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Any linear force not going through the centre of mass will create torque, which I hope you know, is related to how far from the centre of mass the line of force is. So, if you manage to hit the object exactly at its centre of mass, i.e. the line of force is directly passing through the centre of mass, then it will show NO ROTATION. It will go straight ahead ...


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If not influenced by any other forces then after pushing It will move in a straight line and most likely rotating as it goes. It would be real hard to push it without giving it some kind of rotation but it will always move in a straight line.


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Assuming I understand your question correctly, the reason for your confusion is that gravitational waves do not cause a uniform compression and expansion of spacetime. They compress it in one direction and stretch it in another. Suppose you are looking at the Earth while a gravitational wave is passing through it. In this diagram the gravitational wave is ...


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If you give a tangential force it would rotate. If you give a force at centroid, it will move in straight line. Along anyother point, between tangent and centroid , it will show joint motion.


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TL:DR; There is no "classical" explanation... The speed of light is given by: $$ c = {1 \over {\sqrt {\mu_0\epsilon_0}}} $$ $\mu_0 = $ permeability of free space, $\epsilon_0 = $ permettivity of free space So this simple equation shows that the speed of light depends on the ability of free space (i.e., the vaccuum) to support electric and magnetic ...


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Speed of any wave is property of the medium through which it travels. So, it is property of empty space that electromagnetic waves travel at a certain speed (no more, no less). The vacuum is not a medium. With a medium the propagation speed is related to the bulk and/or Young's modulus depending on the wave type. That's why it's a property of the ...


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The problem is that classically, a constant force leads to a constant acceleration, due to Newton's second law. Relativistically, though, it's more correct to use the momentum form of Newton's second law: $$\vec{F} = \frac{d\vec{p}}{dt},$$ with the relativistic momentum defined $$ p = \frac{mv}{\sqrt{1-\frac{v^2}{c^2}}}.$$ As $v$ gets closer and closer to ...


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In 1997 the Hubble discovered a large numbers of intergalactic stars. Others have since been discovered. It is now believed that about 1/2 of the stars in the universe may well be rogue stars that are located in intergalactic space. The AVERAGE density of intergalactic space is still very small, however, because of its immense size.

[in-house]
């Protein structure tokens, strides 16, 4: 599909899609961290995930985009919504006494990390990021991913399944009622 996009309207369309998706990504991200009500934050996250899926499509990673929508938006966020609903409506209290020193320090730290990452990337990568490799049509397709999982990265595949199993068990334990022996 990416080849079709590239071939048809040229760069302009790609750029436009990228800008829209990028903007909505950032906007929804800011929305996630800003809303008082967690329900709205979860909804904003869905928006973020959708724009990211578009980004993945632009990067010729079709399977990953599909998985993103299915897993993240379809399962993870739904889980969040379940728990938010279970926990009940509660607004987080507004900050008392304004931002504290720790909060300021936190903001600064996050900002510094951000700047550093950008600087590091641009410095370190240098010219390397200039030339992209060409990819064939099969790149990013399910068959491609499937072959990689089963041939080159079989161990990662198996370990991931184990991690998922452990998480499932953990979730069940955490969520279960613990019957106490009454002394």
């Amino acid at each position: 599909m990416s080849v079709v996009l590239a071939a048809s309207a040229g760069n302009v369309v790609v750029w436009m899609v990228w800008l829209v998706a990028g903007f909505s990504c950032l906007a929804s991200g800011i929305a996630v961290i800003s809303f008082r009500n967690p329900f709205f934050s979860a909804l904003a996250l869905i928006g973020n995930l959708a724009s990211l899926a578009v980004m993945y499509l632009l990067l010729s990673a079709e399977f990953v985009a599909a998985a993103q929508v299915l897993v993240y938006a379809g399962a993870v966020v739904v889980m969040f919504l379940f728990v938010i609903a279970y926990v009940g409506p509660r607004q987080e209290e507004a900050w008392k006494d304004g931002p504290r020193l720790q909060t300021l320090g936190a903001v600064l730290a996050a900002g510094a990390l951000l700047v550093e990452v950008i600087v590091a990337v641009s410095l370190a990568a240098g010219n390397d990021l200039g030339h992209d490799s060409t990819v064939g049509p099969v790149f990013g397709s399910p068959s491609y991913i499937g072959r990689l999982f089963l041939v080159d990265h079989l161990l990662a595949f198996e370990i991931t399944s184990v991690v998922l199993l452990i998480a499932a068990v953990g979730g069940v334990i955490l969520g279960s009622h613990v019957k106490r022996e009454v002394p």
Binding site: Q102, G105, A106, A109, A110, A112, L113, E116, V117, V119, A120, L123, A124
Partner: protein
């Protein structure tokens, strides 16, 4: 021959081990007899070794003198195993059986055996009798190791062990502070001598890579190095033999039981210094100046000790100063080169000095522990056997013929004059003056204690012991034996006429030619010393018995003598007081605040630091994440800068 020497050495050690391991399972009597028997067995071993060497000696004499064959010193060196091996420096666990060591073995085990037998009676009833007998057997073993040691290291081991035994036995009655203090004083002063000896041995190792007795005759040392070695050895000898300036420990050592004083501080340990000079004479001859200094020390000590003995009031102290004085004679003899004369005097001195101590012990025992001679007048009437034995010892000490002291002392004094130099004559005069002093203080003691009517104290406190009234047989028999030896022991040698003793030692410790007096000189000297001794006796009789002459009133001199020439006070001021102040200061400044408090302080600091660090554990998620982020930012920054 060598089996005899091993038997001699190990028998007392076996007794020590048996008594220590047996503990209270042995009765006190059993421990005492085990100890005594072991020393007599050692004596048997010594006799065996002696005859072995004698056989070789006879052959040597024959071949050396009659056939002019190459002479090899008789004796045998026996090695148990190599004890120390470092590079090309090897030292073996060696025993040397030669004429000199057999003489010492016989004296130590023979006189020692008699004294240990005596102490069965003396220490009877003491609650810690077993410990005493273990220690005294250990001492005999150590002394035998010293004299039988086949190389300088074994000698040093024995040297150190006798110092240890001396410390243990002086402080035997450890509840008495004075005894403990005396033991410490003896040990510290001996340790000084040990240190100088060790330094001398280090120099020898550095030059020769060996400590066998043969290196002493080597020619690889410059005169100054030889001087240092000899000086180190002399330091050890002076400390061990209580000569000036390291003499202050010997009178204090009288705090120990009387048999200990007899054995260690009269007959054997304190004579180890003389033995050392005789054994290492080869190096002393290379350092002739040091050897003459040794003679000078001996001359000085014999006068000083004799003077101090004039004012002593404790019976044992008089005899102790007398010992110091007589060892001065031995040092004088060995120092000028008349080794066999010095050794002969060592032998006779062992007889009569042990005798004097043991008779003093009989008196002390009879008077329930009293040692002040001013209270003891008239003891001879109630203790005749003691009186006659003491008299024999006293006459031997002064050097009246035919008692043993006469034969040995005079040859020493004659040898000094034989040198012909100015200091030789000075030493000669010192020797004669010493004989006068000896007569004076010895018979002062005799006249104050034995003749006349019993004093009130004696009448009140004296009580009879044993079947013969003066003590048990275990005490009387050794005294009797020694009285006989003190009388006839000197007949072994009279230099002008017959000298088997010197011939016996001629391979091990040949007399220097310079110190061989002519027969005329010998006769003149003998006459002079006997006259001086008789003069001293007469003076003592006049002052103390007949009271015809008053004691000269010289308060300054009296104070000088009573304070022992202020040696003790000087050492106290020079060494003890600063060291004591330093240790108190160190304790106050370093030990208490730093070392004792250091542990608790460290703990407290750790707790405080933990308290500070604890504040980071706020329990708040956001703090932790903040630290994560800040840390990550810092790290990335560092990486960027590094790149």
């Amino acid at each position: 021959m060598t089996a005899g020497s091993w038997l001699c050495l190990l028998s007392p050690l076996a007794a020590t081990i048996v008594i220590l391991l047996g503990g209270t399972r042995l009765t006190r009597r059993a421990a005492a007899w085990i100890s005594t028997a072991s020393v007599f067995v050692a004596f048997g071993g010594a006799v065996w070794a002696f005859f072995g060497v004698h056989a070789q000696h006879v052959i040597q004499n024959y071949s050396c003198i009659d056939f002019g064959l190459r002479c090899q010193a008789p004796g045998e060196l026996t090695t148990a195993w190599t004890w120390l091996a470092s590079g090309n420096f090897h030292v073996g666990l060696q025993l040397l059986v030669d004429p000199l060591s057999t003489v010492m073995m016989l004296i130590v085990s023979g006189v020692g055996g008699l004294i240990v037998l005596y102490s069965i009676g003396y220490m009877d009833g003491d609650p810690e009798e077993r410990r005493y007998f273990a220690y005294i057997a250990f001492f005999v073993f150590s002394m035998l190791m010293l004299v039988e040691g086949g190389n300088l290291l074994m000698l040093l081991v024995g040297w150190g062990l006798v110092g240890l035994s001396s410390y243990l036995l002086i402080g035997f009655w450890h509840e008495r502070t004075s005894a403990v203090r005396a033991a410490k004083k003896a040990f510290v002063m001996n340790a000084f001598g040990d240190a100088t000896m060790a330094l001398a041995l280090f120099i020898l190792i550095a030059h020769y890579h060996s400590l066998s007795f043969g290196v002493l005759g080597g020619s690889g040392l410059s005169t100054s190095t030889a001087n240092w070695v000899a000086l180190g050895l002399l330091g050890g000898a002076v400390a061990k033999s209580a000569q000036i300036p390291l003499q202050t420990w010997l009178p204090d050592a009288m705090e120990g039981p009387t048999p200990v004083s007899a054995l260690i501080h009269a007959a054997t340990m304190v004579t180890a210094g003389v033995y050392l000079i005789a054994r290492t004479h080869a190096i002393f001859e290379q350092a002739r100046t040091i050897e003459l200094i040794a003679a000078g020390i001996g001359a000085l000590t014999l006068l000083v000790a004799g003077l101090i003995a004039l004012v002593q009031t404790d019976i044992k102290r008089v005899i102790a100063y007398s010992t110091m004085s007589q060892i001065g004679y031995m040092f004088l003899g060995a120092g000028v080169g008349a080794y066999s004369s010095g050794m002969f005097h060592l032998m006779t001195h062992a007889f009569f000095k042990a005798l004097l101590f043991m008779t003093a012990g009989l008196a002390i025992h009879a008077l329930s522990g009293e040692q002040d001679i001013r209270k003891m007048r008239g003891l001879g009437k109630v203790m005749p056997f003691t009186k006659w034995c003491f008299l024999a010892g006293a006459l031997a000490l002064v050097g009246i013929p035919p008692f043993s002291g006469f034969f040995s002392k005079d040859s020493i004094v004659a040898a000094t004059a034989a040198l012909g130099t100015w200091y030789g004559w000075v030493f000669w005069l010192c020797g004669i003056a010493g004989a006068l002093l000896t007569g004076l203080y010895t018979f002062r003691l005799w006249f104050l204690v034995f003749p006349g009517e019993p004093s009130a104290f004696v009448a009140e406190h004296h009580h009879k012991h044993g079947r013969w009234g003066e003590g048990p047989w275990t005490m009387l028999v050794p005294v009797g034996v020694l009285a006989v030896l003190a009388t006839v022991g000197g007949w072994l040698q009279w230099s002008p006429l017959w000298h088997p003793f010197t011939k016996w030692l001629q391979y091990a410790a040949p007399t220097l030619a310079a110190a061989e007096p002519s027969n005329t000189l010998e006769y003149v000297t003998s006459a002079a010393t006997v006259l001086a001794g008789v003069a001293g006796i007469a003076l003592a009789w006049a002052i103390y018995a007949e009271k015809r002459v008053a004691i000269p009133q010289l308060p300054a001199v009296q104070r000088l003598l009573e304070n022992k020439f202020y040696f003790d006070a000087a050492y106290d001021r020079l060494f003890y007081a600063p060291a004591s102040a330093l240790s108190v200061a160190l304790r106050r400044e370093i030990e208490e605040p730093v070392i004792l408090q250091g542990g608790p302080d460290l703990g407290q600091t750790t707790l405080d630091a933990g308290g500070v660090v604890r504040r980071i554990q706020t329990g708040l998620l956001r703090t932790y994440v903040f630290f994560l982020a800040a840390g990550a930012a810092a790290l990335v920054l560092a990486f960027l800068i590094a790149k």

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Your idea is theoretically possible. Answering the question's title, it depends on what kind of wave you use to transmit video information. I'll assume electromagnetic waves (e.g. radio wave, microwave, etc.). I can't say what frequency (and hence type) of electromagnetic wave is ideal for the job, as there are several factors to consider and calculate, ...


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Even if faster than light travel were possible you would have to travel millions (total guess) of times faster than the speed of light just to catch up with that light that was emitted from Earth so long ago. The funny thing is, we can do it to other worlds.


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The question is where is anything going to go if everything is changing direction based on where everything else is. A computational method effectively depends on an evolution of Euler's approximations which introduces error based on step size and the grouping of bodies into clusters for utilization of centers of mass. (as well as stimulated low probability ...


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There are two things here that aren't quite right. The speed of light is the same for all observers. The speed that light travels is invariant for any observers in any reference frames observing the same beam of light. I can move at 100 meters per second (as measured in one reference frame) in one direction, while you move 256 meters per second (as ...


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Think of a star as a big globe with ideal gas inside. Gravity acts as a force compressing the globe, the more it compress, the more energy goes to thermal part since $$dE = TdS-PdV$$ so a shrinking volume decreases $PdV$ term ($P$ is negative in this case, otherwise the system would be expanding), and for $dE=0$ because no reactions are occurring and no ...


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I believe what he's pointing out is that energetic particles have sufficient kinetic energy to counter the pull of gravity, but as the star cools, the net kinetic energy decreases until the particles cannot go "up," or away from the centroid of mass. At that point, the star's mass collapses inward. The total mass is probably less than before, since the ...


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There is a fundamental reason why it might be very, very difficult (not even mentioning the engineering). As you start approaching the speed of light, it becomes harder and harder to accelerate. At 0.5c, this would definitely become a factor. Accelerating from 1%c to 2%c is much easier than accelerating from 50%c to 51%.



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